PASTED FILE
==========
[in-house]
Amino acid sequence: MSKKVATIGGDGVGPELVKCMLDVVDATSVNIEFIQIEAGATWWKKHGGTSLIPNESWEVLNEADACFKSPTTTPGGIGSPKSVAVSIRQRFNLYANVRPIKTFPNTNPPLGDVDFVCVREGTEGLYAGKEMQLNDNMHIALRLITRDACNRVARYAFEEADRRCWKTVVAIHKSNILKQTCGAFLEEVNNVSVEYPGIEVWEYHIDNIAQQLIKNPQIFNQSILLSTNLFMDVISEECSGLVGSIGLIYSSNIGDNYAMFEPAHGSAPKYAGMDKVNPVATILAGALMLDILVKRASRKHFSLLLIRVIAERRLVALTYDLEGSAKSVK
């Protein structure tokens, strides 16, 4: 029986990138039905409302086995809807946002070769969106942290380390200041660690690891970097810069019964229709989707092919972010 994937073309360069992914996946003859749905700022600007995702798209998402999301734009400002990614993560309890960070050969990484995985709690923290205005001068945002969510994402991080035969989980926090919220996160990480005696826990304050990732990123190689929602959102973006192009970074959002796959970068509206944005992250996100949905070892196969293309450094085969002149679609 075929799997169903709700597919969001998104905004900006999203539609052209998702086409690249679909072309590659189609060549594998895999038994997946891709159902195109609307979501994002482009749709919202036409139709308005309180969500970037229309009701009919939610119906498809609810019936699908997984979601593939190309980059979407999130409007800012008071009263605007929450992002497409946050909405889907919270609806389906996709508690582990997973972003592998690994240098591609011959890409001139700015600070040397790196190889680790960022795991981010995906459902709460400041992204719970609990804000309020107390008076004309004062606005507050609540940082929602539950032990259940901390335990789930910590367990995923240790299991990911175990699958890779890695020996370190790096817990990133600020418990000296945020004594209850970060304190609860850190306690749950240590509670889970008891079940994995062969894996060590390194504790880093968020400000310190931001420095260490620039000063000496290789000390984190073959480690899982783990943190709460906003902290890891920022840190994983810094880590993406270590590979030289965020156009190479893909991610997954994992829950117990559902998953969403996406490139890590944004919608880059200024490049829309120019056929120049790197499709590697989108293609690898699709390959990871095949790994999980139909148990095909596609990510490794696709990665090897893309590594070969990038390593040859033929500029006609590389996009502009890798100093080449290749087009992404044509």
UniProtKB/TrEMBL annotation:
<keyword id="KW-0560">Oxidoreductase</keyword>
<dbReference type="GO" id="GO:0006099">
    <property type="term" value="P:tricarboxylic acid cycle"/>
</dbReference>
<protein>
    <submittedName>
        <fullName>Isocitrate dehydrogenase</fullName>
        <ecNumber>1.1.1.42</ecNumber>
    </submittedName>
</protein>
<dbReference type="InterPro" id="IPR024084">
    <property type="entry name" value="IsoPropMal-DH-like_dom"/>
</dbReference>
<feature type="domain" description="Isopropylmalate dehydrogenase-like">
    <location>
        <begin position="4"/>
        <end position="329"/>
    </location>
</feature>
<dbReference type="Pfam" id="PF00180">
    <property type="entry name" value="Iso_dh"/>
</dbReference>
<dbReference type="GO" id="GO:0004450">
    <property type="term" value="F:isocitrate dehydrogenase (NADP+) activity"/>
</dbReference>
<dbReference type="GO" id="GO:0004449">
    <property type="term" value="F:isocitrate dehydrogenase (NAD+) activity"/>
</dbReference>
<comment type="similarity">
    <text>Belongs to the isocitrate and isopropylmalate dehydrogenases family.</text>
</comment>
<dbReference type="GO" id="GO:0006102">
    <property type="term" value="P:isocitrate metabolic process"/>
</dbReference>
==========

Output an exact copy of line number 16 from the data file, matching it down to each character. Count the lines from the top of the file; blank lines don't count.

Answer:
    <property type="entry name" value="IsoPropMal-DH-like_dom"/>